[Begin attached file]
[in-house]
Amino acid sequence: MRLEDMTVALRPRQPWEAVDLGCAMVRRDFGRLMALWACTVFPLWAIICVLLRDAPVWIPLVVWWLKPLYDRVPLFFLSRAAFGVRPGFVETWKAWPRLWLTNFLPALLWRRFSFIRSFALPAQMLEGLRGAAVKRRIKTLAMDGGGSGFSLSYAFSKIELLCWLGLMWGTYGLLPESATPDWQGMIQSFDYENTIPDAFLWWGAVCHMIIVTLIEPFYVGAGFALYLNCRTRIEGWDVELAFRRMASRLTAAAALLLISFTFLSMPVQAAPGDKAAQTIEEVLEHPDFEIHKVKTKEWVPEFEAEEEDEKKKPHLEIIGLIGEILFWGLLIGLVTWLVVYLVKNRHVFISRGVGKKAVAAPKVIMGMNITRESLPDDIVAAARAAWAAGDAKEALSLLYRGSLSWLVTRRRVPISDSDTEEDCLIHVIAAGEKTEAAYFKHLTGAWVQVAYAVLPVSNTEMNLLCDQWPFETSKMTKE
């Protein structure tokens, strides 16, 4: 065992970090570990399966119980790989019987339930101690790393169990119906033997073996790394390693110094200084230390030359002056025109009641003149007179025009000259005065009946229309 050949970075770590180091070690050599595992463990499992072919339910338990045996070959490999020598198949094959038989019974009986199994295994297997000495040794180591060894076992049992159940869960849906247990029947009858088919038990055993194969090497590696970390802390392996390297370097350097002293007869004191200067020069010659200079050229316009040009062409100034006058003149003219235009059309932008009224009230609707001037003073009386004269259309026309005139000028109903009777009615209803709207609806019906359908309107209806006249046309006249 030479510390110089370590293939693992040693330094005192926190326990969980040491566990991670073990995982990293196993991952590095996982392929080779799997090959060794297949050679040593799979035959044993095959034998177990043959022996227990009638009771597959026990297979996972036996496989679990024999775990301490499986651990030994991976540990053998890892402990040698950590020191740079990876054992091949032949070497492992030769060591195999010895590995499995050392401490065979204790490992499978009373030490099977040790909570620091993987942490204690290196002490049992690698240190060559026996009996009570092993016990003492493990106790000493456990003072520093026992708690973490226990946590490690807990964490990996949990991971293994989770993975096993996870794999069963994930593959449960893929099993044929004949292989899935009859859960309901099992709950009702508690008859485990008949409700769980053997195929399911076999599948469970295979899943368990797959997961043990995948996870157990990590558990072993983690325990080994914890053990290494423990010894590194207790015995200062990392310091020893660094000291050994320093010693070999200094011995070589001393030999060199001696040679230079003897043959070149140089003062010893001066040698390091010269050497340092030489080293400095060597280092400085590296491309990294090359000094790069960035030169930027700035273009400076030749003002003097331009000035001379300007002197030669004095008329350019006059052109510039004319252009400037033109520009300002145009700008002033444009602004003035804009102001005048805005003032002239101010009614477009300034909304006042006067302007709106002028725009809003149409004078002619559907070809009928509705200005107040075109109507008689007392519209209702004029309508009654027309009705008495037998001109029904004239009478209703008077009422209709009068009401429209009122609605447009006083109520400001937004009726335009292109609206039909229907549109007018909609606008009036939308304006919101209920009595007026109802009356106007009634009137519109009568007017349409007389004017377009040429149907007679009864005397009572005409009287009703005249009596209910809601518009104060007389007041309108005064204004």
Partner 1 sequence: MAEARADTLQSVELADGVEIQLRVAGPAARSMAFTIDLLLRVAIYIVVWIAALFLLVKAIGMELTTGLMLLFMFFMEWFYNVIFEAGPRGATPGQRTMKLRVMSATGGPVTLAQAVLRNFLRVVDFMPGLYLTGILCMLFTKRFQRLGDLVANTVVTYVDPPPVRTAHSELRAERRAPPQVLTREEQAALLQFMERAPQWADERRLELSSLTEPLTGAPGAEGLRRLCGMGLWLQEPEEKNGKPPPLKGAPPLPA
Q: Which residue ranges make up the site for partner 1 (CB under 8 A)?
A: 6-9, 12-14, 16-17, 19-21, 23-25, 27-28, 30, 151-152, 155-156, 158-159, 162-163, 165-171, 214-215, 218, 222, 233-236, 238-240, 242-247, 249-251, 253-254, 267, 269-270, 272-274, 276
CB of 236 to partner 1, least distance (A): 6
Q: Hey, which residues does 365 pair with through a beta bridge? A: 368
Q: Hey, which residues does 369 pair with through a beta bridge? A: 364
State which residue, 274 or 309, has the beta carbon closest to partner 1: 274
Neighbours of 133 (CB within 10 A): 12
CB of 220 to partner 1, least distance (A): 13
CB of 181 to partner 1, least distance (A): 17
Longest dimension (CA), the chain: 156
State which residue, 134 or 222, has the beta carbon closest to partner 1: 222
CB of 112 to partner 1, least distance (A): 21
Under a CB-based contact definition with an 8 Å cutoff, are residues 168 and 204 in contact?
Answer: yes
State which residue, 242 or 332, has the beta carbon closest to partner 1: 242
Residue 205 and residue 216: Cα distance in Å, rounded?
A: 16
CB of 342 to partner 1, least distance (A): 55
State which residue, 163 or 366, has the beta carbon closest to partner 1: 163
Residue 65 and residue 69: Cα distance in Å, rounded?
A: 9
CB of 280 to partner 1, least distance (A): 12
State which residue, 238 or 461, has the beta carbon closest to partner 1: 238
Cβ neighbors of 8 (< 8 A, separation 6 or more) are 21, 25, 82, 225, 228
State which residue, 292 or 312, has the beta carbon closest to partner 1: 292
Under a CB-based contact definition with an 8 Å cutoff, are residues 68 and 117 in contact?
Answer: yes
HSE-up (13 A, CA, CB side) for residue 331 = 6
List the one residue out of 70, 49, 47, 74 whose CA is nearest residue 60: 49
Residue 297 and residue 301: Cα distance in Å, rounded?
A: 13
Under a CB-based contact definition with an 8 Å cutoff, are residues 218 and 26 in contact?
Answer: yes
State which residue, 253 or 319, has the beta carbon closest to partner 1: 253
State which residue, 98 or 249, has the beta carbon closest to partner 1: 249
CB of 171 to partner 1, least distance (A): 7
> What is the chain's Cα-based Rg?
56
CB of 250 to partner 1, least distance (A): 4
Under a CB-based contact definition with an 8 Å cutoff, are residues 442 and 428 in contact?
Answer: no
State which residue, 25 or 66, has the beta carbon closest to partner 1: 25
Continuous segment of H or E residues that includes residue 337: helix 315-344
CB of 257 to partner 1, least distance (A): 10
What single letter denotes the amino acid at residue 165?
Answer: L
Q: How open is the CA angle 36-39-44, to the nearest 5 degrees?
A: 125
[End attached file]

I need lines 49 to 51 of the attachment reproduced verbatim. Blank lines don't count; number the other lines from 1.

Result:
What single letter denotes the amino acid at residue 165?
Answer: L
Q: How open is the CA angle 36-39-44, to the nearest 5 degrees?